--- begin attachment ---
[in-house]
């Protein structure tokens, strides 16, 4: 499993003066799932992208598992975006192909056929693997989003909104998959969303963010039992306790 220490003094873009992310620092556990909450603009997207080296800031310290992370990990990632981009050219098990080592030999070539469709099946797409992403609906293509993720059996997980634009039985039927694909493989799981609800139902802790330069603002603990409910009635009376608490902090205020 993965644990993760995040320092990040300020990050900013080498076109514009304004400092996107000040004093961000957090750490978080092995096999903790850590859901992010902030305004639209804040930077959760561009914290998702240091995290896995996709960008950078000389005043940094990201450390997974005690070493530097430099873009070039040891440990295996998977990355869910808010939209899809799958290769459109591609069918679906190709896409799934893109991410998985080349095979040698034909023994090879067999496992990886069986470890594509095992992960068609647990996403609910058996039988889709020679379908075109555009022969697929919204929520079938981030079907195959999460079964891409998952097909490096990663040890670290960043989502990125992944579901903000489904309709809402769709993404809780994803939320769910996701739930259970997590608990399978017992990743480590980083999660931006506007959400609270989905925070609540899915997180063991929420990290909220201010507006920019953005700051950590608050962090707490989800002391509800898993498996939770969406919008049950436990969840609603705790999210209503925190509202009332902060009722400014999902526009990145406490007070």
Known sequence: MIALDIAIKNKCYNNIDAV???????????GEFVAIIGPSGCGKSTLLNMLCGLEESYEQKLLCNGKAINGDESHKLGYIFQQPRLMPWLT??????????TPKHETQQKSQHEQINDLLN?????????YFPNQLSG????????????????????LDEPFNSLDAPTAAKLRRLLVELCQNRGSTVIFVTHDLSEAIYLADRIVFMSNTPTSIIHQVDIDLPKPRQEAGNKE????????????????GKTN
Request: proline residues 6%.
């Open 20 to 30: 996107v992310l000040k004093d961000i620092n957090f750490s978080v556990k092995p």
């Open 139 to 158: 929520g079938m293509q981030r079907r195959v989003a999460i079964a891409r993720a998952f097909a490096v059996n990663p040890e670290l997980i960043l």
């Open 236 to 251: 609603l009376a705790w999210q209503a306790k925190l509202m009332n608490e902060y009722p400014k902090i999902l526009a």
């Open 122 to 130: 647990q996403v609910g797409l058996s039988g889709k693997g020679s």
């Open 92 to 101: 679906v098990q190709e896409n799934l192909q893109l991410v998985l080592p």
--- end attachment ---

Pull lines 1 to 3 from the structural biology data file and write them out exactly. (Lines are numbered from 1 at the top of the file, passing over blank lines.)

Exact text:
[in-house]
């Protein structure tokens, strides 16, 4: 499993003066799932992208598992975006192909056929693997989003909104998959969303963010039992306790 220490003094873009992310620092556990909450603009997207080296800031310290992370990990990632981009050219098990080592030999070539469709099946797409992403609906293509993720059996997980634009039985039927694909493989799981609800139902802790330069603002603990409910009635009376608490902090205020 993965644990993760995040320092990040300020990050900013080498076109514009304004400092996107000040004093961000957090750490978080092995096999903790850590859901992010902030305004639209804040930077959760561009914290998702240091995290896995996709960008950078000389005043940094990201450390997974005690070493530097430099873009070039040891440990295996998977990355869910808010939209899809799958290769459109591609069918679906190709896409799934893109991410998985080349095979040698034909023994090879067999496992990886069986470890594509095992992960068609647990996403609910058996039988889709020679379908075109555009022969697929919204929520079938981030079907195959999460079964891409998952097909490096990663040890670290960043989502990125992944579901903000489904309709809402769709993404809780994803939320769910996701739930259970997590608990399978017992990743480590980083999660931006506007959400609270989905925070609540899915997180063991929420990290909220201010507006920019953005700051950590608050962090707490989800002391509800898993498996939770969406919008049950436990969840609603705790999210209503925190509202009332902060009722400014999902526009990145406490007070």
Known sequence: MIALDIAIKNKCYNNIDAV???????????GEFVAIIGPSGCGKSTLLNMLCGLEESYEQKLLCNGKAINGDESHKLGYIFQQPRLMPWLT??????????TPKHETQQKSQHEQINDLLN?????????YFPNQLSG????????????????????LDEPFNSLDAPTAAKLRRLLVELCQNRGSTVIFVTHDLSEAIYLADRIVFMSNTPTSIIHQVDIDLPKPRQEAGNKE????????????????GKTN